Captain John Smith, Adventurer (Paperback)
Piracy, Pocahontas and Jamestown
Captain John Smith is best remembered for his association with Pocahontas, but this was only a small part of an extraordinary life filled with danger and adventure. As a soldier, he fought the Turks in Eastern Europe, where he beheaded three Turkish adversaries in duels. He was sold into slavery, then murdered his master to escape. He sailed under a pirate flag, was shipwrecked and marched to the gallows to be hanged, only to be reprieved at the eleventh hour. All this before he was thirty years old.
He was one of the founders of the English settlement at Jamestown, where he faced considerable danger from the natives as well as from within the faction-ridden settlement itself. In fact, were it not for Smith’s leadership, the Jamestown colony would surely have failed. Yet Smith was a far more ambitious explorer and soldier of fortune than these tales suggest. This swashbuckling Elizabethan adventurer was resourceful, intelligent and outspoken, with a vision of what America could become. In this riveting book, R.E. Pritchard tells the rip-roaring story of a remarkable man who refused to give in.
Rating: 5 out of 5 starsNetGalley, Patrick Carmen
John Smith has a story worth telling. First the scope of his deeds is explained with a historical leaning which makes the reader understand what had gone on in the past to bring about the conditions he was experiencing. As someone who has ties to the colony in Virginia I felt it important to read this excellent and superbly written book. Some of my favorite reading was the descriptions of the wars in Europe that sent the people west in droves. I never knew why so many people left Europe for North America , but I do now. Next the people and the cultures Smith met in the Americas is told in a way that is honest to both sides IMO. This mans story is awesome in its sequence and its importance to history. Even modern history has been affected by these events. Pritchard has written a readable and interesting account of the past. Excellent!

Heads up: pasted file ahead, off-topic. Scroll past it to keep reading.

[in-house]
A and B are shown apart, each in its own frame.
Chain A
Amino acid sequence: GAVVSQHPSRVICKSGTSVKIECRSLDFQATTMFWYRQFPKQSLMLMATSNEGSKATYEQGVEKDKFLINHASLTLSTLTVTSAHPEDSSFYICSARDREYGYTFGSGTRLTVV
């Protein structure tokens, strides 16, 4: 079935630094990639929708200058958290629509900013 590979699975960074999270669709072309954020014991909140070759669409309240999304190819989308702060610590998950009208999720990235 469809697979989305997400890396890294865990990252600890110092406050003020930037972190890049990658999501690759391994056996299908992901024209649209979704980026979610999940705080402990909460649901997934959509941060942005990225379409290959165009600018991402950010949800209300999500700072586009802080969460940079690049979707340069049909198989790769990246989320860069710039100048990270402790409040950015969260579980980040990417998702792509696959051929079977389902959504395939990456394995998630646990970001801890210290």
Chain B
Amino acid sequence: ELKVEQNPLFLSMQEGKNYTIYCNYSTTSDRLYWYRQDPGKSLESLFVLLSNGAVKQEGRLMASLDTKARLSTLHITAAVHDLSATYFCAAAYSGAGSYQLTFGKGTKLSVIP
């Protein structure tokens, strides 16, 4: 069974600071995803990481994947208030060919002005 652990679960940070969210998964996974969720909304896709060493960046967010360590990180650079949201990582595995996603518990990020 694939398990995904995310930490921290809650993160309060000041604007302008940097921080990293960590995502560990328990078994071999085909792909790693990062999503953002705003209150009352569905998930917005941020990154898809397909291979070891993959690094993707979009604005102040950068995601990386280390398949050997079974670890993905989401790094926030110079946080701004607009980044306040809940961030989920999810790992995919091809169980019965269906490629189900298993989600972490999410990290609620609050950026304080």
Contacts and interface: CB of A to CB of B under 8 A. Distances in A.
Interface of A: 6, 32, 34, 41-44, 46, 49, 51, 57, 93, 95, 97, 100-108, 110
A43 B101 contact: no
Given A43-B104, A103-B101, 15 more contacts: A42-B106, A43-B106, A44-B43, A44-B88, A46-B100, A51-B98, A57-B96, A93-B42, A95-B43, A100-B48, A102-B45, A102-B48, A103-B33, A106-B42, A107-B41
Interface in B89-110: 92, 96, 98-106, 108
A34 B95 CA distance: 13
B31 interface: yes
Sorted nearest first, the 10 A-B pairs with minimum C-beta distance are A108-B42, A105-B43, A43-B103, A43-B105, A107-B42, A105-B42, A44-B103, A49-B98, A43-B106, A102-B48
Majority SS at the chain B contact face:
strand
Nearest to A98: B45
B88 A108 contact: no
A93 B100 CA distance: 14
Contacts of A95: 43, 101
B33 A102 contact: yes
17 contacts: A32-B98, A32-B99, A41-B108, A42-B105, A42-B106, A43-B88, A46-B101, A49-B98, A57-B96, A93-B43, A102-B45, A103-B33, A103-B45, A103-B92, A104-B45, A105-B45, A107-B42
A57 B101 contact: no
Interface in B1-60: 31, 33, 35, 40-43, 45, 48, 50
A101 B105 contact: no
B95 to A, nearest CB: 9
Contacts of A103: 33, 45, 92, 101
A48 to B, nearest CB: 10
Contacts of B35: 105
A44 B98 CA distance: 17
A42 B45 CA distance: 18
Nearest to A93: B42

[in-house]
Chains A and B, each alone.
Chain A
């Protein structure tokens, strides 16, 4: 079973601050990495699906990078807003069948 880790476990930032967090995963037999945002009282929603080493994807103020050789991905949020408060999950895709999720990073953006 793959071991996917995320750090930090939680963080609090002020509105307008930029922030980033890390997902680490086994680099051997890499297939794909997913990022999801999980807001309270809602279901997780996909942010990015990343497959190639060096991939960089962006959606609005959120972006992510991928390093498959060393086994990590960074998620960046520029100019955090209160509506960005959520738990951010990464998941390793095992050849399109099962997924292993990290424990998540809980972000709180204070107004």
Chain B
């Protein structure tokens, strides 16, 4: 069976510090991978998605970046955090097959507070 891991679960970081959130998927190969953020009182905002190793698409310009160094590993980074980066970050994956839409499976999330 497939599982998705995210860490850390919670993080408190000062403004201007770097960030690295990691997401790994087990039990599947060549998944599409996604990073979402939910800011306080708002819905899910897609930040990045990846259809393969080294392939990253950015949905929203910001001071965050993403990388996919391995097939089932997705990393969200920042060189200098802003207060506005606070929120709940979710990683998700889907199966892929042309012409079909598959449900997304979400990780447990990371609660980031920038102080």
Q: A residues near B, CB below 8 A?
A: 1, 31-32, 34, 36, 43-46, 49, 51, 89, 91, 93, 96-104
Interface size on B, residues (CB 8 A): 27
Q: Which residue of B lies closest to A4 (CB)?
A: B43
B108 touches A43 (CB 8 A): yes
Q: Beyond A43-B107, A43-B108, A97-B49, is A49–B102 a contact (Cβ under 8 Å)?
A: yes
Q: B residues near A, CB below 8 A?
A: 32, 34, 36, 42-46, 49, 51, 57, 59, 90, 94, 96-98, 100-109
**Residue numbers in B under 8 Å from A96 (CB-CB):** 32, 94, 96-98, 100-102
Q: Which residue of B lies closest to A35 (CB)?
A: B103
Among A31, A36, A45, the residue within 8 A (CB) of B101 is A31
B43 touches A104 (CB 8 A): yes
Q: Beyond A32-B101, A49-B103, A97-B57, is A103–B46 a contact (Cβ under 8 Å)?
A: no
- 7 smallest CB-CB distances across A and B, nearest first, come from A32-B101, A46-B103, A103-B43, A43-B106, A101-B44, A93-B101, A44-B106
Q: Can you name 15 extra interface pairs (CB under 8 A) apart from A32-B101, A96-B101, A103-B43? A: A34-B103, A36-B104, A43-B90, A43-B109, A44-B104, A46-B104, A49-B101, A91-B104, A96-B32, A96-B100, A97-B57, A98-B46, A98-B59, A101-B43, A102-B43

I am not an expert on Smith or on early American History, but that is not necessary to enjoy this book. It is a good book for people interested in learning more about Smith and the early history of Jamestown, for amateur historians, and for those keen on researching the period (like writers of historical fiction) and obtaining good background information without having to read all the original accounts. I gained a good insight into the early years of Jamestown, and I think I got to know Smith much better than before. A no-frills account of a fascinating man and his historical period. Highly recommended.Author Translator
Read the full review here
This book descrtibes the lilfe of the extraordinary adventurer, John Smith, whose Indian bride Pocohontas is commemorated in the church in the North Norfolk village of Burnham Market, close to whereb I live. Fascinating, larger than life, even. You couldn't make it up!Books Monthly